Busy busy day, which began with the 8.00 Eucharist...not a congregation that expects (or indeed welcomes) a sermon as a general rule, but as I stood there looking at that faithful group (just 27 this morning) it seemed that I couldn't not say something about the feast we were celebrating - so I did the unthinkable for me. I just spoke to them. No notes. No clear sense of quite where I might go...but a thought for the day, which I hope might remind them of something important.
"A saint is someone that the light shines through"
That’s my favourite definition, - attributed to a small boy who was stuck for an answer to the question
“What is a saint” as he sat in a church of many stained glass windows.
I love it because, like so much that children say about God, it summarises in one short phrase a most important truth.
Saint ARE people whom the light shines through…people whose lives radiate God’s love so clearly that they point the way to others.
We have, of course, the church’s canon of saints, people whose lives and witness we celebrate year on year, - but we have too those unsung, unknown saints who’ve inspired those who knew them – those who know them. The saints of our community are, in a way, represented by the gallery of pictures of your former clergy who look down on me as I robe in the vestry...men who lived and worked among you, trying with all their strength to be signs of God's Kingdom. But you'll have others too, ladies who taught you, or taught your children at Sunday school...a grandparent or an elderly aunt who spoke to you about Jesus or simply loved you in such a way that you knew yourself loveable always...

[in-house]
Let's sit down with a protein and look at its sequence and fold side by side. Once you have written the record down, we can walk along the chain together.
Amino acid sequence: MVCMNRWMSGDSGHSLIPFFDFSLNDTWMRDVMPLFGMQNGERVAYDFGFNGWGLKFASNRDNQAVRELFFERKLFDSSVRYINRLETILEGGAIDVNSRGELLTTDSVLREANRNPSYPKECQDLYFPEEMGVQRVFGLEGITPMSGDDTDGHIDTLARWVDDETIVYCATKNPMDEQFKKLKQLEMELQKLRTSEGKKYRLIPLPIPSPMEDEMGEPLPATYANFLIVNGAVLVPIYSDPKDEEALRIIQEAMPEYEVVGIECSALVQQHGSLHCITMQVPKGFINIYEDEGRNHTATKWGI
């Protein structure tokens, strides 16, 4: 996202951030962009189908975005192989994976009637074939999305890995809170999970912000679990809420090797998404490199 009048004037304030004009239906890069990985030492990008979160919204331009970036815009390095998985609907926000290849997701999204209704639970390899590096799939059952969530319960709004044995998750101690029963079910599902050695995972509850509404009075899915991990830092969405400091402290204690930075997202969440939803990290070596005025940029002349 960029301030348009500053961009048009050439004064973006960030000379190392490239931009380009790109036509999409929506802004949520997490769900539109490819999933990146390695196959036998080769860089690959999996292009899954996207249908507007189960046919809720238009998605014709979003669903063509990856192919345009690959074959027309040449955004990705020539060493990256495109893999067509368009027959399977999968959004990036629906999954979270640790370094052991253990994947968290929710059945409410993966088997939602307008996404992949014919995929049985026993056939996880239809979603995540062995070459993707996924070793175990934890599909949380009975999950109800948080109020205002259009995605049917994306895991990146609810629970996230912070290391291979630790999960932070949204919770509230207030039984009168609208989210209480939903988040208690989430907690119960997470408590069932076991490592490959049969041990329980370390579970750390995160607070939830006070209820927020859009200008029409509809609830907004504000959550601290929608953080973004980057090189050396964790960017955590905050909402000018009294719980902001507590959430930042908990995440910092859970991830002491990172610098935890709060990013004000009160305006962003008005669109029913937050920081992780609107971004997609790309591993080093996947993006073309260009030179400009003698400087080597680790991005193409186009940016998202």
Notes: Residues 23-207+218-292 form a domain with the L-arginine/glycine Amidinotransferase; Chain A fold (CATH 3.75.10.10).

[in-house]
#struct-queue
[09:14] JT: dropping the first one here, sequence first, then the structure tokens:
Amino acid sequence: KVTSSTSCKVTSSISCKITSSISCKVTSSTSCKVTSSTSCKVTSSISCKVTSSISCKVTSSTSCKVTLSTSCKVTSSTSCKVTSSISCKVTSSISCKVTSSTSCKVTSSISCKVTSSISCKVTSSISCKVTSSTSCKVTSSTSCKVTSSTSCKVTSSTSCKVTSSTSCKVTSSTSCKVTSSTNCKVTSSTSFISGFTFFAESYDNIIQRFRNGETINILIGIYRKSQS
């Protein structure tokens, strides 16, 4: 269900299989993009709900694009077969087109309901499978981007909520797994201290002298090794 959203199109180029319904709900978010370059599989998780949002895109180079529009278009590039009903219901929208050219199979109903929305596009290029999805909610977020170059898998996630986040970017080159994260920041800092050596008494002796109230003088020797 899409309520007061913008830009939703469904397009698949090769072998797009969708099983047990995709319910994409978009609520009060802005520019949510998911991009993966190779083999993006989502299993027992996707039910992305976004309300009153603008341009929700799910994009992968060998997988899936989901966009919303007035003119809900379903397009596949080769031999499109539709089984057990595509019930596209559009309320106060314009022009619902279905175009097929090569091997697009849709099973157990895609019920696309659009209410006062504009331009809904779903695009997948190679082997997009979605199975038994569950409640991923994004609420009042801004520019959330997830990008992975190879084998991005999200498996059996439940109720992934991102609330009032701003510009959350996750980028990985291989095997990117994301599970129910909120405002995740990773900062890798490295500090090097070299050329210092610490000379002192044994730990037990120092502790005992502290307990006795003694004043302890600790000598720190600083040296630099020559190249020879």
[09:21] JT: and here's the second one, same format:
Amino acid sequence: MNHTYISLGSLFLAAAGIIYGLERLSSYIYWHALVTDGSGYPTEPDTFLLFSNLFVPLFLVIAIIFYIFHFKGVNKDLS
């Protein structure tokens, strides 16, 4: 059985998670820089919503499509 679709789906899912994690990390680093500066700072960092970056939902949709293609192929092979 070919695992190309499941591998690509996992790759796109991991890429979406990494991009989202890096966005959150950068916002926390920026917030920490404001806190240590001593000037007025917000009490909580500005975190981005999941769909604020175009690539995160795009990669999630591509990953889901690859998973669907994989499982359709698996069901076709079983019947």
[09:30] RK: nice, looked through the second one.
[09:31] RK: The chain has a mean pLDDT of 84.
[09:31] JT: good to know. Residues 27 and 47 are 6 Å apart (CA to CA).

Those beatitudes we’ve just heard as our gospel reading say nothing about being blessed when you convert thousands at a great rally at Wembley Stadium…they fail to mention the need to write a life changing book that all the world will read…
Mostly they speak about things to which we could all aspire – to be pure in heart, to long for righteousness, to be merciful…
Added together, those aspirations make up a very powerful witness…Added together, they transform ordinary people, people like us, into saints that the light shines through.
This is our calling.
Later on at OpenHouse we explored our calling to be "lights that shine" a little more, looking at pictures of some stereotypical saints and then at some unsung saints from our ow community...We lit sparklers and enjoyed their effect in a dark church, but realised that they burned out very quickly - not the best metaphor for our calling....so we handed out glow sticks, which are still shining softly 5 hours on.
Finally at Koinonia we simply enjoyed the light from our sparklers, drawing wild patterns in the air and pretending that we were none of us grown up enough to worry about exams, jobs or the fact that tomorrow is Monday again.